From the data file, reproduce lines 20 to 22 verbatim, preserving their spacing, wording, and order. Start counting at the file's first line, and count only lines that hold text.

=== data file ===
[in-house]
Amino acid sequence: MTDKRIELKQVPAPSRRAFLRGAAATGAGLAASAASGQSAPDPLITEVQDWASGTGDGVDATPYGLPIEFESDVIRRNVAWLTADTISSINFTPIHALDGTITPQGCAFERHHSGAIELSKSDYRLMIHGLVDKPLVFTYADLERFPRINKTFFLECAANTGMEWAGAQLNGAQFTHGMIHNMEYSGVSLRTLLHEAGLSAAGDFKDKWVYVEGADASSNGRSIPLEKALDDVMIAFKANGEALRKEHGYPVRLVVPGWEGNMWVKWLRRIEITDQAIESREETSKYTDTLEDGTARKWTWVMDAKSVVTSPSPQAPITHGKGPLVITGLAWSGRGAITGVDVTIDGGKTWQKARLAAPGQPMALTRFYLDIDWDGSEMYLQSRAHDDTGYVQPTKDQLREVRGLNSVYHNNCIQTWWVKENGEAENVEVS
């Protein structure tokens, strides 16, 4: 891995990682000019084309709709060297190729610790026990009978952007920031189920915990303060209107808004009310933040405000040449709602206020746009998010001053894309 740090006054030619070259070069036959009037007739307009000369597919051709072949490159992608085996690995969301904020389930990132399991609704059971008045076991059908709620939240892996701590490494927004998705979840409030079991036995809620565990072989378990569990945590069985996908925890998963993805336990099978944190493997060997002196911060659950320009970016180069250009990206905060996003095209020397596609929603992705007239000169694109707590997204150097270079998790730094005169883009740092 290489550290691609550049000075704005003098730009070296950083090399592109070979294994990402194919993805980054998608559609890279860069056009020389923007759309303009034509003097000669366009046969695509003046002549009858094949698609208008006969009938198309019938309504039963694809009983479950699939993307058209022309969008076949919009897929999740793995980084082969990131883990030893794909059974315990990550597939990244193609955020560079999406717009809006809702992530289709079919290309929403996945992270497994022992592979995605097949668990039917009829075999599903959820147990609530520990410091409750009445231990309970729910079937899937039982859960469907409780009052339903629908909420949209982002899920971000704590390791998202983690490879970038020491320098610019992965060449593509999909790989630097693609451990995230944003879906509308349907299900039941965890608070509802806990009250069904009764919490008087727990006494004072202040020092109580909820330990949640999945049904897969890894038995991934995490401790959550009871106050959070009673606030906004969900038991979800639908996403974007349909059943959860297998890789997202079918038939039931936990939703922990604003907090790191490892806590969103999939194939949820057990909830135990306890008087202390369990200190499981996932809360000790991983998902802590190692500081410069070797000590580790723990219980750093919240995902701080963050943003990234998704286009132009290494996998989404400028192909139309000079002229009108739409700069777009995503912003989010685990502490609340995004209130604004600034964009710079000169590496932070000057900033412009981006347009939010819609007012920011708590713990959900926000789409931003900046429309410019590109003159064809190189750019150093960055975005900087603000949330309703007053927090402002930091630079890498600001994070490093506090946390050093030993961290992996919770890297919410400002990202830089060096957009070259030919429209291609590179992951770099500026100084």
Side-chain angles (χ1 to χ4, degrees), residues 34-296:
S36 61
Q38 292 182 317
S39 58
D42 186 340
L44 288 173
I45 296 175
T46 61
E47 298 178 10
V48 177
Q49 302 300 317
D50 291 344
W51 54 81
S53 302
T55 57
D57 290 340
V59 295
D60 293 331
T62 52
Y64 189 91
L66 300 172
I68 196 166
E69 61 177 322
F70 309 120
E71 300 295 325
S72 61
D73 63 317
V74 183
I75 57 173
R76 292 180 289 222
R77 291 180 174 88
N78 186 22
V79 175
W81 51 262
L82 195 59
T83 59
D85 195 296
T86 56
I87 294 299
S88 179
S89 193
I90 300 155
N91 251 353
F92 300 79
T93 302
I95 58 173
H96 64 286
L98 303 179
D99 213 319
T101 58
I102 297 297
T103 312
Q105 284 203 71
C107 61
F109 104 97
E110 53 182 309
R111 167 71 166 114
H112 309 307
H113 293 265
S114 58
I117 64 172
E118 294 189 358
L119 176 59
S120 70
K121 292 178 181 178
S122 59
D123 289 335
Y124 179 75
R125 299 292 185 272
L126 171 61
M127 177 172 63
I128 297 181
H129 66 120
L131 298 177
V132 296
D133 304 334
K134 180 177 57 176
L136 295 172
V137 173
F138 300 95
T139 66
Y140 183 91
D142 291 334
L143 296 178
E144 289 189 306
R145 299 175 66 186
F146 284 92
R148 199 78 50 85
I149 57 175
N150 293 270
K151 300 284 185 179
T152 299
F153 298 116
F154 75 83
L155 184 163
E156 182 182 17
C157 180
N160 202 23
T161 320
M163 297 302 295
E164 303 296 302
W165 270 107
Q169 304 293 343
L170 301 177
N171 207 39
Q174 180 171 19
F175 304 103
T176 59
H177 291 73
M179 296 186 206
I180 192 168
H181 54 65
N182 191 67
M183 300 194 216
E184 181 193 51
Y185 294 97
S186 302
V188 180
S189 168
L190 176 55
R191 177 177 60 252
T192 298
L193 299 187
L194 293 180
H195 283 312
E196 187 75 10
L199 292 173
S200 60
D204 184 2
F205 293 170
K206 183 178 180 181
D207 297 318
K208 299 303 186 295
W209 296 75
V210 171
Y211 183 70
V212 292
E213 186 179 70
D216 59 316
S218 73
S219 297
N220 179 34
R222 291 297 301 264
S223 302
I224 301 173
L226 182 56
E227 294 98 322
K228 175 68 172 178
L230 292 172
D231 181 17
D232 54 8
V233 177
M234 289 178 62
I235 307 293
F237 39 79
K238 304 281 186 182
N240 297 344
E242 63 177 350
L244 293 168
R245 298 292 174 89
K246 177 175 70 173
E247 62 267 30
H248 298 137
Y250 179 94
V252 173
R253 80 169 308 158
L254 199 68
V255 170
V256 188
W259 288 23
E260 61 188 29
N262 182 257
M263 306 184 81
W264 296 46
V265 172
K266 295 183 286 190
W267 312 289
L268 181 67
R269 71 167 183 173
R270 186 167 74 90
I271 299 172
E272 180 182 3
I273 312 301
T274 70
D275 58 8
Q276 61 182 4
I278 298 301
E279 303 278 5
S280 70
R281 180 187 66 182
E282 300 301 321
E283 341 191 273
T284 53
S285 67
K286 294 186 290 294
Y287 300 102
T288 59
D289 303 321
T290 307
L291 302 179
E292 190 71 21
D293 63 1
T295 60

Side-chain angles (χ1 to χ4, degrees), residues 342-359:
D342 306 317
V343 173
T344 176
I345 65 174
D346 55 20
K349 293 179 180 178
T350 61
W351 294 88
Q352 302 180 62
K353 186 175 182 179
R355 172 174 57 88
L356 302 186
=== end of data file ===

V59 295
D60 293 331
T62 52